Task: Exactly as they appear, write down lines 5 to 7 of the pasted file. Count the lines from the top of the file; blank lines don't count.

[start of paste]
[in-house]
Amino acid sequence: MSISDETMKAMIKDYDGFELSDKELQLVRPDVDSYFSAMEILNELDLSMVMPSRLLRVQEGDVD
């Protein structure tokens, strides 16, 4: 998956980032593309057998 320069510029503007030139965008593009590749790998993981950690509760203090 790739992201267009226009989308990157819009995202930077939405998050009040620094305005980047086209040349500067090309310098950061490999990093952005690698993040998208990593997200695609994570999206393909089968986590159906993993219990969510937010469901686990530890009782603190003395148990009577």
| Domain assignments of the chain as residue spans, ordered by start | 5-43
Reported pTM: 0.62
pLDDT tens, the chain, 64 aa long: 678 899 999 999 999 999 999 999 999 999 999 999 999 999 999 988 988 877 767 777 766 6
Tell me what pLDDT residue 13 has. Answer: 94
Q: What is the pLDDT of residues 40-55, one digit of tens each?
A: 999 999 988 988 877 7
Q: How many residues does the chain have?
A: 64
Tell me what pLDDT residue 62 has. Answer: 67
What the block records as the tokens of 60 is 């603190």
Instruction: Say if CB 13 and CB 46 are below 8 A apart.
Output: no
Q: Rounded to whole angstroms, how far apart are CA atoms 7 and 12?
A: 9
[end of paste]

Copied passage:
Reported pTM: 0.62
pLDDT tens, the chain, 64 aa long: 678 899 999 999 999 999 999 999 999 999 999 999 999 999 999 988 988 877 767 777 766 6
Tell me what pLDDT residue 13 has. Answer: 94